TPP’s initiative opens a possibility for Mexico to further integrate its production to US exports to Asia, helping to enlarge Mexico’s market diversification.
Participating in TPP is important for Mexico to remain an attractive destination for investment within the North American region.
Asia-Pacific is the world’s the most economically dynamic region. Once finalised, the TPP will formalize trade links and promote integration between the Americas and Asia.
Mexican exports to Asia have shown the highest growth for the last 6 years: 20.3% average annual growth rate.
TPP members such as Australia, Malaysia, Singapore and Vietnam are increasingly important players in world trade. Their exports have been benefited from growing Chinese and Indian demand, and their imports demand is also rising. In terms of market diversification, negotiating preferential trade terms through the TPP with economies such as the Australian, Singapore, the Malaysian and Vietnamese would benefit Mexico since economic cycle in these markets is closer to fast growing economies like China and India.
If Mexico joins the TPP, it would become a very attractive investment destination for other member countries’ companies, given its network of FTA’s and integration initiatives within Latin America.
Under the threat of a rise in protectionism, joining the TPP would ensure Mexico a preferential access to Australia, Brunei, Malaysia, New Zealand, Singapore and Vietnam.
The TPP represents more than 500 million people (7% of world’s population). 12 negotiation rounds have taken place so far and the next one will be held next July in San Diego, California. The TPP is currently the largest multilateral trade negotiation due to its broad product coverage and the economic size of its members. TPP includes nine negotiator countries: Australia, Brunei Darussalam, Chile, Malaysia, New Zealand, Singapore, United States, Peru and Vietnam, which in 2011 accounted for 18% global imports, 15% of exports, and 26% of global GDP.
Total trade in 2011 between Mexico and the TPP members reached US$ 466 bn. Mexico exported US$ 280 bn to the region and imported US$ 186 bn. With the inclusion of Mexico, Canada and Japan, the TPP’s share of global GDP would rise to 38%, imports share would increase to 27% and the exports one would climb to 24%.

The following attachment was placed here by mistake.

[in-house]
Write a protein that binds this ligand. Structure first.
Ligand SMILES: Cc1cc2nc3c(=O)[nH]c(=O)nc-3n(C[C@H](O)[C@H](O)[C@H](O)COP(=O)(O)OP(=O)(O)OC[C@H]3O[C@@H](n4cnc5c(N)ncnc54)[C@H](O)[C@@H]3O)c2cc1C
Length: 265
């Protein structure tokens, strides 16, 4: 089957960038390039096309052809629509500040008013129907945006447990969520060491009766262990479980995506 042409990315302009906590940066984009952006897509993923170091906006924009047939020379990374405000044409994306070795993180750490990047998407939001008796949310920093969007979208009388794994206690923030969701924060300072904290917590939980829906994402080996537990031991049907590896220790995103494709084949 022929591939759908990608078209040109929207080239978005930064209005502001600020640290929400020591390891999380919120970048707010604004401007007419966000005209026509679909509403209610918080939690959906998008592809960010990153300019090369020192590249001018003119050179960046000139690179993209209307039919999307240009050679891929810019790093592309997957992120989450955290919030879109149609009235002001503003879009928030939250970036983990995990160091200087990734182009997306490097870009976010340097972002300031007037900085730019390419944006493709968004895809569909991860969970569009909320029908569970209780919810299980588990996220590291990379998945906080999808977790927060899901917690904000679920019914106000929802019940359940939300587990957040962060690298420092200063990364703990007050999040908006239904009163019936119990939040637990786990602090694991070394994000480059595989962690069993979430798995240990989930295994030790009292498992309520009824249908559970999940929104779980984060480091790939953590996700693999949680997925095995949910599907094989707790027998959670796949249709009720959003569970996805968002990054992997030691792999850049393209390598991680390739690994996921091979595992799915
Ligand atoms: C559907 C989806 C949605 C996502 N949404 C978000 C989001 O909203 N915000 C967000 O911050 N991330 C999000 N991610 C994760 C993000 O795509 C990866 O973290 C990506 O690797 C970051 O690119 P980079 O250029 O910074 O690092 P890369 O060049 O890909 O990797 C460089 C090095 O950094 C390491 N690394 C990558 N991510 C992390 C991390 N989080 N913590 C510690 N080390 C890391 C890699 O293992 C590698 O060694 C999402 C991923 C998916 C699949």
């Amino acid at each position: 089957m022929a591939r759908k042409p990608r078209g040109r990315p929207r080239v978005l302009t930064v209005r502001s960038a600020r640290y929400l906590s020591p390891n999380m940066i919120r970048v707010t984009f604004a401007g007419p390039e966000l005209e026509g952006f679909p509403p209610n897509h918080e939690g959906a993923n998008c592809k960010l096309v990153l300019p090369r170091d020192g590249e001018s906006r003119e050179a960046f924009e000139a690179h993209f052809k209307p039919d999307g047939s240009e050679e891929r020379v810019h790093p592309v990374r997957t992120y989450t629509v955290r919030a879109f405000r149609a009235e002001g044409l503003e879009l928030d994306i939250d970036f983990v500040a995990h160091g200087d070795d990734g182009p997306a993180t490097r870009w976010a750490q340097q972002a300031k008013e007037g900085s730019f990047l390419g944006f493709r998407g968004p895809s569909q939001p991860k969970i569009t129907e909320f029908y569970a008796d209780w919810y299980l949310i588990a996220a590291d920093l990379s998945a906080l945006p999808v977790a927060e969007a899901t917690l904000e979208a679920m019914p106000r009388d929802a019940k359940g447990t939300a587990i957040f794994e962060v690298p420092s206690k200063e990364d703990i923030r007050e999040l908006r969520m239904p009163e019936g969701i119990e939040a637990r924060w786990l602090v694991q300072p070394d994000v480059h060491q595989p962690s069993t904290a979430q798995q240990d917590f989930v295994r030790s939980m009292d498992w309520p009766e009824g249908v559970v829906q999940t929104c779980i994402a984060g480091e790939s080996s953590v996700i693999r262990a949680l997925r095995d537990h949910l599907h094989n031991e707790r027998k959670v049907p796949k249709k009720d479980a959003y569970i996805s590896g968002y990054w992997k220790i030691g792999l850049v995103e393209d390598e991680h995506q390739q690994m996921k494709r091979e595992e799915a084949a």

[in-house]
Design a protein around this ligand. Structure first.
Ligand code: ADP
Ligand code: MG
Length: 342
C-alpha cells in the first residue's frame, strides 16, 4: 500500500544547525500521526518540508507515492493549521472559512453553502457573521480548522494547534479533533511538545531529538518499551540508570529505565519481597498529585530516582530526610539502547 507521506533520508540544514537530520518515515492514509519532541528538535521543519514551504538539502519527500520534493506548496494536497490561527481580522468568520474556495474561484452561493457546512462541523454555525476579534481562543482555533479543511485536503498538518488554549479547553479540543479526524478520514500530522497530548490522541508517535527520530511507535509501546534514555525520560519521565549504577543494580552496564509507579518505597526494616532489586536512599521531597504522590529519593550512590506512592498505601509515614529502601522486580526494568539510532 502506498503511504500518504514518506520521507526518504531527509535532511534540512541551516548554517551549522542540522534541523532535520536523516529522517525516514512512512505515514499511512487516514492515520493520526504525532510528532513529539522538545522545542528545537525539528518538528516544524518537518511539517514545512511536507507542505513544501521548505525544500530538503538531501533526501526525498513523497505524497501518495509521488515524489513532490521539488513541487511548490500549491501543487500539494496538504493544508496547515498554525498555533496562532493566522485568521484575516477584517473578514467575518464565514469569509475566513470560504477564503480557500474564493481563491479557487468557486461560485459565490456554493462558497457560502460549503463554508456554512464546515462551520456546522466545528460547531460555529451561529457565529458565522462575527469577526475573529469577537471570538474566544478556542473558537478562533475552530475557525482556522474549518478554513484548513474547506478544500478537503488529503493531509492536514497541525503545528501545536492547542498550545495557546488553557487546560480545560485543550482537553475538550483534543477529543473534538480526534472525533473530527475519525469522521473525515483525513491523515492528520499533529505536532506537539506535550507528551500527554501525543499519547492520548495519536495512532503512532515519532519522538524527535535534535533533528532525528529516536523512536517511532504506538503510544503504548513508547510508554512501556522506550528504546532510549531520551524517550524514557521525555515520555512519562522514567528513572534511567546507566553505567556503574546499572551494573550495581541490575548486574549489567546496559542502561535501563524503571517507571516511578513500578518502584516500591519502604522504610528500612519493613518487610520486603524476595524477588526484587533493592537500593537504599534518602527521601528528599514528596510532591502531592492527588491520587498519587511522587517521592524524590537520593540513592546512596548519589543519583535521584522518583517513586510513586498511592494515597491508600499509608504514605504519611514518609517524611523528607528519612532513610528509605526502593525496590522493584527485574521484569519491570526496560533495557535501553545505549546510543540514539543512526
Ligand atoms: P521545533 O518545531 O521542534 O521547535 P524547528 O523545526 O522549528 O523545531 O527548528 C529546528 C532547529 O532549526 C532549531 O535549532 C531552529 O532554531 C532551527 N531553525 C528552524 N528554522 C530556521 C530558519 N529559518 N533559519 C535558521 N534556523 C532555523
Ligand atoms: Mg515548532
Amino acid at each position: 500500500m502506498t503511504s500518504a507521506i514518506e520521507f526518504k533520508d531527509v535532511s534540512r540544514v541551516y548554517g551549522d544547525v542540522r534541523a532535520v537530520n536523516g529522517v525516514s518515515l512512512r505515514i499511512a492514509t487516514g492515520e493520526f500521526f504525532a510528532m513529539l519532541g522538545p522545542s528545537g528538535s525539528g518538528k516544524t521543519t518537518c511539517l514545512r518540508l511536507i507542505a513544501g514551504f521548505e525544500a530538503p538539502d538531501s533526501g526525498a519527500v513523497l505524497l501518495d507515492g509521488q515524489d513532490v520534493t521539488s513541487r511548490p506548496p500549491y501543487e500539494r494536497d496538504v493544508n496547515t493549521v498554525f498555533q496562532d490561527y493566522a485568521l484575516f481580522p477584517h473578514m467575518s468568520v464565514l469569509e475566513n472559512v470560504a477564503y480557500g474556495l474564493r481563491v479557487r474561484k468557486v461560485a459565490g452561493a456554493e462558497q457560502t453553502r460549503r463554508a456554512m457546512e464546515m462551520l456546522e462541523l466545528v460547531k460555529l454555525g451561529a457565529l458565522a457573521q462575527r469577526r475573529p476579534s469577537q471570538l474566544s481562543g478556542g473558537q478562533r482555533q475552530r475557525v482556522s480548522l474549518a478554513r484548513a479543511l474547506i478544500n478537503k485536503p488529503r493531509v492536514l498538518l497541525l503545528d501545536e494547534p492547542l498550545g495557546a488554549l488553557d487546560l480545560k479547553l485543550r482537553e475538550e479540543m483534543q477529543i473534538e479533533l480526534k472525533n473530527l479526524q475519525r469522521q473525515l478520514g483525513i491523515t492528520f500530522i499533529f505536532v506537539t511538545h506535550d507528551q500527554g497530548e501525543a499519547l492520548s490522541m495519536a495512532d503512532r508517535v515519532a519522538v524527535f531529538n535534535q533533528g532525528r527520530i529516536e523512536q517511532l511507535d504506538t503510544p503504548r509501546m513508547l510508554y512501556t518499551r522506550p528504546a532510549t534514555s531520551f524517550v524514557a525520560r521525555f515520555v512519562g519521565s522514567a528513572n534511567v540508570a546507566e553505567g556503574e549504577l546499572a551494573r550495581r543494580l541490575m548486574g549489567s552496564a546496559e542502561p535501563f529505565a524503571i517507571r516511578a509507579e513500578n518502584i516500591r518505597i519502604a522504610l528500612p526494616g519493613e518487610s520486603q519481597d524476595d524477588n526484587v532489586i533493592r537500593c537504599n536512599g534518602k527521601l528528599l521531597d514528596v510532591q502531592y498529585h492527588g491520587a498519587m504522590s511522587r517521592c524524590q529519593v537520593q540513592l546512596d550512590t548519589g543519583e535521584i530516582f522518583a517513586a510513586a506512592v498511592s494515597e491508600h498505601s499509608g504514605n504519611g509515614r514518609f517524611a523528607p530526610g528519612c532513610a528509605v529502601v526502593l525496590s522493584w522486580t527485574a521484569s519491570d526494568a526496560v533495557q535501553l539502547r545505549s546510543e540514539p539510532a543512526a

The TPP covers not only traditional trade issues, such as Goods and Services Trade, Investment, Intellectual property, technical barriers to trade, government purchases, labour market, environment; but also “next generation” issues: regulatory convergence, SME’s, digital technology, public companies, supply chain, integration of rural/marginalized zones, competition.
Mexico is conscious of the linkages between the TPP and the Pacific Alliance (see below). Whilst there are currently no plans to try to join the two blocs together, Mexico’s overarching objective will be to streamline the PA countries into the trade policy regime that is currently being knitted across the Asia Pacific region. These were like-minded, free-trade friendly countries, interested in single-windows and economies of scale and had a respect for investment – all things which PA countries were also interested in. However, Mexico was currently content to make what progress it could on the two groupings simultaneously; the PA was now focusing on cooperation between trade promotion agencies and stock markets.
On June 6, Presidents Sebastian Pinera (Chile), Juan Manuel Santos (Colombia), Ollanta Humala (Peru) and Felipe Calderon (Mexico) signed documentations formalising the document officially creating the Pacific Alliance. The four Presidents approved the bylaws of a trade bloc that is designed to establish a free trade area among the coastal countries in the western part of the region; facing Asia and the Pacific (please see our February Economic Report). The Presidents of Costa Rica and Panama, who attended the summit as observers, have expressed interest in joining this new bloc.
One of the stated objectives of the Pacific Alliance is to increase trade with Asia. The Alliance is starting with free movement of goods and people by the end of 2012. The Stock Exchanges from Lima, Bogotá and Santiago joined together and formed in 2011 an integrated stock exchange known as Mila, which Mexico’s Stock Exchange might join soon.